Sasa Dango Dumplings

Some of the most popular traditional confections from Niigata Prefecture are sasa dango: steamed,
chewy dango (rice flour dumplings) that come wrapped in sasa bamboo leaves. The sweet but not
excessively saccharine treats are made from Niigata’s renowned rice, mugwort, and red bean paste.
Long before confectioneries began producing sasa dango in large quantities, many Niigata residents
made them at home, using bamboo leaves for their antiseptic properties to prevent spoilage. Some
families continue the practice to this day.

Sasa Dango Production

To make sasa dango, crushed mugwort leaves are kneaded into a rice flour-based mixture, resulting in a sticky, jade-colored dough with an herbal taste. The dough is then used to cover a ball of sweet red bean paste. Next, the resulting dumpling is wrapped in several bamboo leaves and securely tied with a string of sedge (a grass-like plant). While typical dango are spherical, sasa dango are cylindrical. Both the shape and the tying method are reminiscent of straw bales that were historically used to store and transport rice. The tied sasa dango are steamed in batches, which infuses the dumplings with subtle flavors from the bamboo leaves. To eat sasa dango, untie the sedge string and peel back the leaves, like a banana, to reveal the green, chewy dumpling inside.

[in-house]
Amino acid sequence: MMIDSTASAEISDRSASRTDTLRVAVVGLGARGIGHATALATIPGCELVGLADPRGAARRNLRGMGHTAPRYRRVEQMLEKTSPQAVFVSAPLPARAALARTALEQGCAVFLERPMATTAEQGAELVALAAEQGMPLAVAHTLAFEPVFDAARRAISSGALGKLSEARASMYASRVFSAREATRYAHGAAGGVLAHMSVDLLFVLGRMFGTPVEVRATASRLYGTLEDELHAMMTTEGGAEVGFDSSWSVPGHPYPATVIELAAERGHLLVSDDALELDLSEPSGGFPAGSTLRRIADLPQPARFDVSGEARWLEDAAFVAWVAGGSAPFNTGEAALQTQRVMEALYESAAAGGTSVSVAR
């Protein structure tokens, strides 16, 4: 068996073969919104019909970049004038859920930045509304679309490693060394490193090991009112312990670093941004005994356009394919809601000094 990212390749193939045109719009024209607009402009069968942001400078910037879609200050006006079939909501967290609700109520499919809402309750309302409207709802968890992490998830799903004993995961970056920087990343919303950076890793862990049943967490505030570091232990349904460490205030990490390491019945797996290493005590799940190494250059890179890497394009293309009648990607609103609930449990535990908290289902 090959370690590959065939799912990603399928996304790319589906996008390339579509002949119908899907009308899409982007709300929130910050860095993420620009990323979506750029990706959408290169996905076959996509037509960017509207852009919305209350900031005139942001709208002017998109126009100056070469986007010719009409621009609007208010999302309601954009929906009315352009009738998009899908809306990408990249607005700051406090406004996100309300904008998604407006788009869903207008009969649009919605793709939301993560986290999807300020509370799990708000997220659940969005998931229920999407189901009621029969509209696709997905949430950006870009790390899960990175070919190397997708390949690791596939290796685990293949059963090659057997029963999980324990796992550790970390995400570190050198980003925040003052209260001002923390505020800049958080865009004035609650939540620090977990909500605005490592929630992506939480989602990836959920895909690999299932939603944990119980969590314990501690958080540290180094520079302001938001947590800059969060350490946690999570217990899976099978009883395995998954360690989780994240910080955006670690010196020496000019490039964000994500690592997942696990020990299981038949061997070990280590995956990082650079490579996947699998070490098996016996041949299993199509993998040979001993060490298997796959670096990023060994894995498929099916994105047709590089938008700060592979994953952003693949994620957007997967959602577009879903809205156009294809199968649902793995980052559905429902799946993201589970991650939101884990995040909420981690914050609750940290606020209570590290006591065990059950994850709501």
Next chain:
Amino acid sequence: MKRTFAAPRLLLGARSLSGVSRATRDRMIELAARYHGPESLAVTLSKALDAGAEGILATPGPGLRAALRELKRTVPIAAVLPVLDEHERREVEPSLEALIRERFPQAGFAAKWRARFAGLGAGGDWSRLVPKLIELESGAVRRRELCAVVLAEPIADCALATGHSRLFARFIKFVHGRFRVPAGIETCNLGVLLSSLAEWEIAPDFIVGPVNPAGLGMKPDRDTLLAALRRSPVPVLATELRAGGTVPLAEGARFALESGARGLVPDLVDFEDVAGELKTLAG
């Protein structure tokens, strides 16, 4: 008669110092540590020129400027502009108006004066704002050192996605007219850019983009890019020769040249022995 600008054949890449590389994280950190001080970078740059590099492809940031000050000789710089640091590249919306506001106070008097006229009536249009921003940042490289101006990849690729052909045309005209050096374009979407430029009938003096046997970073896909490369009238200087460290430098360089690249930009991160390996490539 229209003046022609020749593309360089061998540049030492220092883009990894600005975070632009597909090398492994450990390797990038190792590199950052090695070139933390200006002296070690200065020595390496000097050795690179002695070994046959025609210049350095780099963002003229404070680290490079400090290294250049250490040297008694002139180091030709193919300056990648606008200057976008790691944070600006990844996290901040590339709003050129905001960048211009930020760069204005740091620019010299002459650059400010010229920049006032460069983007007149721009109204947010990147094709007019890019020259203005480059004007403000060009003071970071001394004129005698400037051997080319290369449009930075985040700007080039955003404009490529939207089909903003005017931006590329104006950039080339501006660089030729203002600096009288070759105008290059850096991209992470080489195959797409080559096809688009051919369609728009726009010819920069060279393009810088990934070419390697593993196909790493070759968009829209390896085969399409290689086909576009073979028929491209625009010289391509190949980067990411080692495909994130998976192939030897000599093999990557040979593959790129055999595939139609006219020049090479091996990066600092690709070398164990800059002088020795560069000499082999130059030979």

Seasonal Associations

Sasa dango are traditionally associated with spring, when mugwort is in season. In Niigata Prefecture, there is a long-standing custom of eating sasa dango for the early May celebration of Tango no Sekku (also known as Children’s Day). This is notable because in many other regions, the preferred Tango no Sekku confection is oak leaf-wrapped kashiwa mochi. Although sasa dango consumption remains highest in spring, they are now available throughout the year and are a popular gift from Niigata in any season. Please note that sasa dango kept at room temperature should be eaten within two to four days (depending on the shop where they were made).

*This English-language text was created by the Japan Tourism Agency.